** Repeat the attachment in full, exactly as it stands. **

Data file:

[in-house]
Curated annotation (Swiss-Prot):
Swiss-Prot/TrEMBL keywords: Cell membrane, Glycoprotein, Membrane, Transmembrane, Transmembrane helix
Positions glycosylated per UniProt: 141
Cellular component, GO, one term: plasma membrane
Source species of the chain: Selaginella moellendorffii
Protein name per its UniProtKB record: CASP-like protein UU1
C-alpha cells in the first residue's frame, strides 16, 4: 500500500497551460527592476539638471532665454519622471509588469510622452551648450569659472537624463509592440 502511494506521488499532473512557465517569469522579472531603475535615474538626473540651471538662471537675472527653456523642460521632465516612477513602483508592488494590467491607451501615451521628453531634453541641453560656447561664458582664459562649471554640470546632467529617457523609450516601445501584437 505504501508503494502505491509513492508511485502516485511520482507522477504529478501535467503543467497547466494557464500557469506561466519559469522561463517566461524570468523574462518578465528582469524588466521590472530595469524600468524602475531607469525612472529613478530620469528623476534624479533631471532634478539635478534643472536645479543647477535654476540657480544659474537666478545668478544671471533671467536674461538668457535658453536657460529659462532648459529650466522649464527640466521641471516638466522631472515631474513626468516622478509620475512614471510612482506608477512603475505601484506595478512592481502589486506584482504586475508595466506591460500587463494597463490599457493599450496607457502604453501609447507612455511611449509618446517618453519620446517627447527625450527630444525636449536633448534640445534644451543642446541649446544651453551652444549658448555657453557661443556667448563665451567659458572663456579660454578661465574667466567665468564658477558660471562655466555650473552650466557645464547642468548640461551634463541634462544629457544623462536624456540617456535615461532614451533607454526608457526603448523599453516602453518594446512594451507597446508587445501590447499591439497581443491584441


[in-house]
Curated annotation (Swiss-Prot):
Swiss-Prot/TrEMBL keywords: Cell membrane, Glycoprotein, Membrane, Transmembrane, Transmembrane helix
Positions glycosylated per UniProt: 141
Cellular component, GO, one term: plasma membrane
Source species of the chain: Selaginella moellendorffii
Protein name per its UniProtKB record: CASP-like protein UU1
C-alpha cells in the first residue's frame, strides 16, 4: 500500500497551460527592476539638471532665454519622471509588469510622452551648450569659472537624463509592440 502511494506521488499532473512557465517569469522579472531603475535615474538626473540651471538662471537675472527653456523642460521632465516612477513602483508592488494590467491607451501615451521628453531634453541641453560656447561664458582664459562649471554640470546632467529617457523609450516601445501584437 505504501508503494502505491509513492508511485502516485511520482507522477504529478501535467503543467497547466494557464500557469506561466519559469522561463517566461524570468523574462518578465528582469524588466521590472530595469524600468524602475531607469525612472529613478530620469528623476534624479533631471532634478539635478534643472536645479543647477535654476540657480544659474537666478545668478544671471533671467536674461538668457535658453536657460529659462532648459529650466522649464527640466521641471516638466522631472515631474513626468516622478509620475512614471510612482506608477512603475505601484506595478512592481502589486506584482504586475508595466506591460500587463494597463490599457493599450496607457502604453501609447507612455511611449509618446517618453519620446517627447527625450527630444525636449536633448534640445534644451543642446541649446544651453551652444549658448555657453557661443556667448563665451567659458572663456579660454578661465574667466567665468564658477558660471562655466555650473552650466557645464547642468548640461551634463541634462544629457544623462536624456540617456535615461532614451533607454526608457526603448523599453516602453518594446512594451507597446508587445501590447499591439497581443491584441